Marker Logo HMdb.org THE HISTORICAL
MARKER DATABASE
“Bite-Size Bits of Local, National, and Global History”
“Bite-Size Bits of Local, National, and Global History”
Tupelo in Lee County, Mississippi — The American South (East South Central)
 

Sit-Ins Led to Civil Rights Act of 1964 / F.W. Woolworth

 
 
Sit-Ins Led to Civil Rights Act of 1964 Marker image. Click for full size.
By Mark Hilton, April 7, 2017
1. Sit-Ins Led to Civil Rights Act of 1964 Marker
Inscription.
Sit-Ins Led to Civil Rights Act of 1964

During the 1960s, F. W. Woolworth Company operated lunch counters at its "five-and-dime stores" on a "local custom" basis - meaning racially segregated seating in the Southern United States. As the movement to resist segregation grew, the Tupelo Woolworth store lunch Counter was the scene of local protests. While other sit-ins were contentious, the Tupelo events were peaceful. In 1964, the passage of the Civil Rights Act prompted Woolworth to announce "now the company will be able to serve all its customers in all of its stores on a desegregated basis." The Civil Rights Act was momentous for African-Americans; however as in most of the South, it would be several years before full integration was commonplace in Tupelo.

F.W. Woolworth

Sit-ins were an integral part of the non-violent strategy of civil disobedience and mass protests that eventually led to the passage of the Civil Rights Act of 1964. On February 1, 1960, four African-American college students from the Agricultural and Technical College of North Carolina asked to be served at the lunch counter of the Greensboro, North Carolina, Woolworth store. This first Woolworth sit-in had very little effect on the store that day, but when a larger group returned
F.W. Woolworth Marker image. Click for full size.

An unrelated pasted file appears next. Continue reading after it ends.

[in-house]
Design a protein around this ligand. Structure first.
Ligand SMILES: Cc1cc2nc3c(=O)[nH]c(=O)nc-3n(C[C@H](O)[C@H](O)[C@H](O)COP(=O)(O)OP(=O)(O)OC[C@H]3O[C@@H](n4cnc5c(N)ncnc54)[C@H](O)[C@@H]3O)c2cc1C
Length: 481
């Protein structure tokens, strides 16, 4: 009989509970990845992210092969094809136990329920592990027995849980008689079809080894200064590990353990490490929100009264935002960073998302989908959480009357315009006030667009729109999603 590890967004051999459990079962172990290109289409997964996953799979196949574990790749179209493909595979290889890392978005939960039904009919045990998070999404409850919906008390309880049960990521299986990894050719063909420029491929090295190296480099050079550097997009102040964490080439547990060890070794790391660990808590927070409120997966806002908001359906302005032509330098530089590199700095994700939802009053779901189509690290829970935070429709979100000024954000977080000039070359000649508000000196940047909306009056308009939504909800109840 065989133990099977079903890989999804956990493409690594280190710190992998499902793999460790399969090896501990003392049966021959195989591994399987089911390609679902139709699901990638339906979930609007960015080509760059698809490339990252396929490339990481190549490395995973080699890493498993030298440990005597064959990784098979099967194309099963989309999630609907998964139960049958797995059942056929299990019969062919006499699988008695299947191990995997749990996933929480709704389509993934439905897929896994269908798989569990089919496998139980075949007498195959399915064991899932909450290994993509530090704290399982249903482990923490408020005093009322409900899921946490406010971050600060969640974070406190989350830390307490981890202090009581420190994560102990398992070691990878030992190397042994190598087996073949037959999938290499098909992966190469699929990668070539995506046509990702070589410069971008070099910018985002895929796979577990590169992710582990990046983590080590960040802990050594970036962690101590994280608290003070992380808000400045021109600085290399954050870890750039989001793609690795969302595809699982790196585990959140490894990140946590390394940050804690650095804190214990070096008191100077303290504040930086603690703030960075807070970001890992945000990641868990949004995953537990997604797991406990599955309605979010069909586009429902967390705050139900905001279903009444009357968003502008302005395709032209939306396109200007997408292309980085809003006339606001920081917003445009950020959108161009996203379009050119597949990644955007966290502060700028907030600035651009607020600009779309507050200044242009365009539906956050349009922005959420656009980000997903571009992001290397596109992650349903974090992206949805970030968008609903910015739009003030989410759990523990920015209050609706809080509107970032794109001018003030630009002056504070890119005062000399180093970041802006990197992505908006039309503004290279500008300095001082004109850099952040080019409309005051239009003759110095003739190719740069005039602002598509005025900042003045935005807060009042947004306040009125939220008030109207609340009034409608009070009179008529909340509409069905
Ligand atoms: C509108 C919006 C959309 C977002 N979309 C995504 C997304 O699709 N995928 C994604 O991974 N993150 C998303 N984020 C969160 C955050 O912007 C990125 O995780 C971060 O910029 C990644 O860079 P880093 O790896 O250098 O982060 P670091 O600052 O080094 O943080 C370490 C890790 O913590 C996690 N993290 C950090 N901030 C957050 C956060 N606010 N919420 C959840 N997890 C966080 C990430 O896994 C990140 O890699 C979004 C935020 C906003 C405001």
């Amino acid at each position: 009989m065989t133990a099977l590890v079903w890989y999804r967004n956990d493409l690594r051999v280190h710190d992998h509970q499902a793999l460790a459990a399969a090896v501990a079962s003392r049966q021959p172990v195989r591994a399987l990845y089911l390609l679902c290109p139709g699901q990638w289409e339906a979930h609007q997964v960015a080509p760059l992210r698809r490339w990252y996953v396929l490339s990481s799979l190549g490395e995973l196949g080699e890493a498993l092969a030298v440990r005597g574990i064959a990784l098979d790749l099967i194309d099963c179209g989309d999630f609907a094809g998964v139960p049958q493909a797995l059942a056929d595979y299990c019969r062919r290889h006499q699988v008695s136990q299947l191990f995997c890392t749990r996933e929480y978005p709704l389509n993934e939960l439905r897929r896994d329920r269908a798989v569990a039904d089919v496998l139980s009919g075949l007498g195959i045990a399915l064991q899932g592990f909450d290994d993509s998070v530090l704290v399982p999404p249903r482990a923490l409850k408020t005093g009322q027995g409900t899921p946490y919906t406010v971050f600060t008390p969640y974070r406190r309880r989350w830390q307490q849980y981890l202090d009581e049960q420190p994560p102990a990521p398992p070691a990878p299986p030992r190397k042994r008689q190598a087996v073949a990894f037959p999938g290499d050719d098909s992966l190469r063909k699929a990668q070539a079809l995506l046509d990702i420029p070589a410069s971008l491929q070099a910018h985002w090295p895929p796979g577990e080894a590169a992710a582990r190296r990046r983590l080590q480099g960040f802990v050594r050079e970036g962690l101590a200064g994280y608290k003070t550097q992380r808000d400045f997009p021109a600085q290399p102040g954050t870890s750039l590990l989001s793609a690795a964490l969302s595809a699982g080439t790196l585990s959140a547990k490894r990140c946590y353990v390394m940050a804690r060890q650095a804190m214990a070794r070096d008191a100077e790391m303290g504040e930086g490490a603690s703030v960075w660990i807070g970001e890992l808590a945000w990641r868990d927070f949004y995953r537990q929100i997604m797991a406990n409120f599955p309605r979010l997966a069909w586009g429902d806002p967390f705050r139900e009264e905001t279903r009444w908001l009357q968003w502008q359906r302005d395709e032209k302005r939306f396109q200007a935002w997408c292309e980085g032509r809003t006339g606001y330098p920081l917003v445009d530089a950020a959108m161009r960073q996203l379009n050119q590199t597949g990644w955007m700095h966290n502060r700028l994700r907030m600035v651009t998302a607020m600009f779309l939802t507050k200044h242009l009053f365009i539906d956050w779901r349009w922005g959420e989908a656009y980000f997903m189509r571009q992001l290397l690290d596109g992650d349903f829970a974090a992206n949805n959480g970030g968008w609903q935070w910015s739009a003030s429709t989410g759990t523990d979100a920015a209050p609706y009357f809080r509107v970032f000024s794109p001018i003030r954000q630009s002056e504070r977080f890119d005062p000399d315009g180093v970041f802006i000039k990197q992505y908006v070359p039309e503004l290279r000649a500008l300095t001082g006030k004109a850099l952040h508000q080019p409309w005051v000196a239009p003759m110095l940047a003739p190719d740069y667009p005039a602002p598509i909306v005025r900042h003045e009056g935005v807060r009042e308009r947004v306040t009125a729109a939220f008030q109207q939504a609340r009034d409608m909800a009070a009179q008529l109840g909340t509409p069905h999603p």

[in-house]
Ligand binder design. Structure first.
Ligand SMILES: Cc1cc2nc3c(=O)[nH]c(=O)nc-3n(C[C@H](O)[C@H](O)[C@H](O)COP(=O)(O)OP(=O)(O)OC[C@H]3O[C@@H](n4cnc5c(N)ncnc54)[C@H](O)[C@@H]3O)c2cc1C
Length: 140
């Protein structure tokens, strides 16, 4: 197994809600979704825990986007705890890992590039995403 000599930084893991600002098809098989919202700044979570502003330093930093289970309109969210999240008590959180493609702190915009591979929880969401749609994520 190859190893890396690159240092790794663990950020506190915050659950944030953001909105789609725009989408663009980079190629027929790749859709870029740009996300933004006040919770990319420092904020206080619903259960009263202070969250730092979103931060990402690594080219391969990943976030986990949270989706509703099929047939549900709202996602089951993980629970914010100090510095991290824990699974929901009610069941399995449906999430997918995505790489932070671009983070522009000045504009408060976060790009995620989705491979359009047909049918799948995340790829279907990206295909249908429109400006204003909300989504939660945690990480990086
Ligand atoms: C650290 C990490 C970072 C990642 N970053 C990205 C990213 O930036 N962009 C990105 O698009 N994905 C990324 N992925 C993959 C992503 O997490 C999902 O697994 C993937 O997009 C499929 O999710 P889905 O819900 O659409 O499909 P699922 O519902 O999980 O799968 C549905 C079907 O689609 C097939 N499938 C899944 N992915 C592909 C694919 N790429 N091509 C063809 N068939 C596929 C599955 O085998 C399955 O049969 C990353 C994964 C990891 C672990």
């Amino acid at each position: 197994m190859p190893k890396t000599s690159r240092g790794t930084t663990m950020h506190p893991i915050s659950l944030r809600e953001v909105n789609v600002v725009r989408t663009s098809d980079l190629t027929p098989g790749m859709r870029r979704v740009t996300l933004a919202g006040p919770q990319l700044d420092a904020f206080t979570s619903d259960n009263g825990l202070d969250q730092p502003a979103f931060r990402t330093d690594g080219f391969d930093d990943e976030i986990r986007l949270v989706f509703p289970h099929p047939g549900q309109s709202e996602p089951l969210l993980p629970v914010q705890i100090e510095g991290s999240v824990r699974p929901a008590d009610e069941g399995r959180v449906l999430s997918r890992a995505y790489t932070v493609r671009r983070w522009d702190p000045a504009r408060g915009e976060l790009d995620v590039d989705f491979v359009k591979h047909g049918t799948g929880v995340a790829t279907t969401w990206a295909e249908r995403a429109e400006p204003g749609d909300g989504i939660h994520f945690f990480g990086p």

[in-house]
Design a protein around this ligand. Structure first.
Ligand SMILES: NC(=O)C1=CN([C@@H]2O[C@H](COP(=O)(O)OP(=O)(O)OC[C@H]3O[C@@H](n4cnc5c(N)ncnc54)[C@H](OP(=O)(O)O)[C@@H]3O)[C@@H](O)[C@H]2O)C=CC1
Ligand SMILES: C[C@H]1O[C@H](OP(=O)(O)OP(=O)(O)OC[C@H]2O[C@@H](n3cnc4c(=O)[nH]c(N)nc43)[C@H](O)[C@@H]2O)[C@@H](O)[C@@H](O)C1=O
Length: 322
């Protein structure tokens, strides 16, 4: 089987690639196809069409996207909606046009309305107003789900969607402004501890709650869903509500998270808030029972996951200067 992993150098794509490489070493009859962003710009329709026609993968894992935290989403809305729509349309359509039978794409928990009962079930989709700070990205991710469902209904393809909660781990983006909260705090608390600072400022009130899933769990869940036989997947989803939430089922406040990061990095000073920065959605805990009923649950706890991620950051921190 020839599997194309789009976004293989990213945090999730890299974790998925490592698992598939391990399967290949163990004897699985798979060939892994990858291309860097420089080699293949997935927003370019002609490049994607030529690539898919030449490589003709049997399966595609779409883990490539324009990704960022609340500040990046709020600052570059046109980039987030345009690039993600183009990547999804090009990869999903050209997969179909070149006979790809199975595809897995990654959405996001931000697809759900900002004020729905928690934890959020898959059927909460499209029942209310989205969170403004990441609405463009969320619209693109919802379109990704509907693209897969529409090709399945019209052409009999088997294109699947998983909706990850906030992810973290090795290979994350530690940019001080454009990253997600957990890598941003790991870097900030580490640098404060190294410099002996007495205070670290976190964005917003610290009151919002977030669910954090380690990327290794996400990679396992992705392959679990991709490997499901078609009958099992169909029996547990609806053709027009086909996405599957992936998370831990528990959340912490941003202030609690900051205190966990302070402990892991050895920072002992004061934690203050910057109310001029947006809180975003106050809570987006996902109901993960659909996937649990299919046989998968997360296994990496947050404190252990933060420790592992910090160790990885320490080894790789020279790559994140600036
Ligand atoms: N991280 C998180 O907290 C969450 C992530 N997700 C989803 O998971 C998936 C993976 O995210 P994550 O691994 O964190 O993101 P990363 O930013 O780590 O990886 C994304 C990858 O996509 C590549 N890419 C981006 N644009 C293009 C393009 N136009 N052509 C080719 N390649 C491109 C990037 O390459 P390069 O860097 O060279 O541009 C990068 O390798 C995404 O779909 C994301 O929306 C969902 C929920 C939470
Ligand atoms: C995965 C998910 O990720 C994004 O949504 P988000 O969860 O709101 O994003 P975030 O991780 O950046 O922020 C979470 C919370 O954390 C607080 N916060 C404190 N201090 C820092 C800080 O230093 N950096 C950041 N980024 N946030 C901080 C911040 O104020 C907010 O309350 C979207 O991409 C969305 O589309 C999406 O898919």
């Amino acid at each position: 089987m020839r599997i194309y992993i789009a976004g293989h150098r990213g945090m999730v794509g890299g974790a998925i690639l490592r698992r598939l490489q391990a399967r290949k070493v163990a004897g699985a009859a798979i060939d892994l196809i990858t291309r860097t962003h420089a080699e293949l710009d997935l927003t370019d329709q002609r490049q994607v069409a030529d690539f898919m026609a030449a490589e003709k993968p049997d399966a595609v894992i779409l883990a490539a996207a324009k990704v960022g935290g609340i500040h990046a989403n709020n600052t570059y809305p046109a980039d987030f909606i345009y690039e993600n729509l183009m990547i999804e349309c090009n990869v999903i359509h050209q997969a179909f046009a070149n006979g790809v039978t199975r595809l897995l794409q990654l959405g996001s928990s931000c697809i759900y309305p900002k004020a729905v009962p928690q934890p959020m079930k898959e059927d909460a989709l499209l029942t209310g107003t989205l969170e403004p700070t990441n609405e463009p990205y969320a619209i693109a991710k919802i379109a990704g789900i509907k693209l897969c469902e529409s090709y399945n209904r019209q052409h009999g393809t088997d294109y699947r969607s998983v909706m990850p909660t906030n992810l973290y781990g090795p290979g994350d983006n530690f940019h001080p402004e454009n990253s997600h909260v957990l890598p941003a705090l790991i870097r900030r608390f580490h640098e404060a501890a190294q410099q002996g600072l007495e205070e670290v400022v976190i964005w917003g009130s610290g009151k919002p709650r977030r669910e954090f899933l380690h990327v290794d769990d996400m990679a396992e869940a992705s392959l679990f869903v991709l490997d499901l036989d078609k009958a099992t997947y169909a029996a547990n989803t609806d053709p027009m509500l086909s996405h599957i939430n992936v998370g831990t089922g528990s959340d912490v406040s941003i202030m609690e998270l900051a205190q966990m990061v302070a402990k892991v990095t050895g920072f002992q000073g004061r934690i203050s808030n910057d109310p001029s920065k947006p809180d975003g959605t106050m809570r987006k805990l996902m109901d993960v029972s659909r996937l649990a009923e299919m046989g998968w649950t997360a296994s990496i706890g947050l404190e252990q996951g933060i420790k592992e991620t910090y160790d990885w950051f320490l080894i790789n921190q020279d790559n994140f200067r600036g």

By Mark Hilton, April 7, 2017
2. F.W. Woolworth Marker
the next day, wire services picked up the story, and word began to spread to other college campuses. The protests continued at the Woolworth store and spread to other food counters in Greensboro, with 54 sit-ins in 15 cities and nine states in the South reported over the next seven days. The national attention aided the students goal to accelerate the pace of the civil rights movement and showed that non-violent direct action and participation by youth could be very useful weapons in the war against segregation.
 
Erected 2013 by the Tupelo Convention and Visitors Bureau.
 
Location. 34° 15.402′ N, 88° 42.257′ W. Marker is in Tupelo, Mississippi, in Lee County. Marker is at the intersection of South Spring Street and Troy Street, on the right when traveling north on South Spring Street. Touch for map. Marker is at or near this postal address: 111 South Spring Street, Tupelo MS 38804, United States of America.
 
Other nearby markers. At least 8 other markers are within walking distance of this marker. The Iron Furnace / Front Street (about 300 feet away, measured in a direct line); Tupelo Hardware (about 400 feet away); Tupelo Confederate Soldiers Monument (about 700 feet away); The Younger Cabin / Confederate Headquarters
The former F.W. Woolworth store, now part of Reed's Gumtree Bookstore. image. Click for full size.
By Mark Hilton, April 7, 2017
3. The former F.W. Woolworth store, now part of Reed's Gumtree Bookstore.
(approx. 0.2 miles away); Elvis Presley and Tupelo (approx. 0.2 miles away); In Commemoration of Hernando De Soto (approx. mile away); Shake Rag Community (approx. mile away); Tupelo Baptist Church / Kind Treatment for the Wounded (approx. 0.3 miles away). Touch for a list and map of all markers in Tupelo.
 
More about this marker. The initial marker for the Civil Rights & African American Heritage trail, part of the Heritage Trails Enrichment Program.
 
Also see . . .  Tupelo unveils civil rights marker. (Submitted on April 16, 2017, by Mark Hilton of Montgomery, Alabama.)
 
Categories. African AmericansCivil RightsEducation
 
Marker is on extreme left corner. Beautiful "bookshelf" wall coverings on Troy Street side. image. Click for full size.
By Mark Hilton, April 7, 2017
4. Marker is on extreme left corner. Beautiful "bookshelf" wall coverings on Troy Street side.
 
 
Credits. This page was last revised on April 16, 2017. This page originally submitted on April 16, 2017, by Mark Hilton of Montgomery, Alabama. This page has been viewed 73 times since then. Photos:   1, 2, 3, 4. submitted on April 16, 2017, by Mark Hilton of Montgomery, Alabama.
Paid Advertisement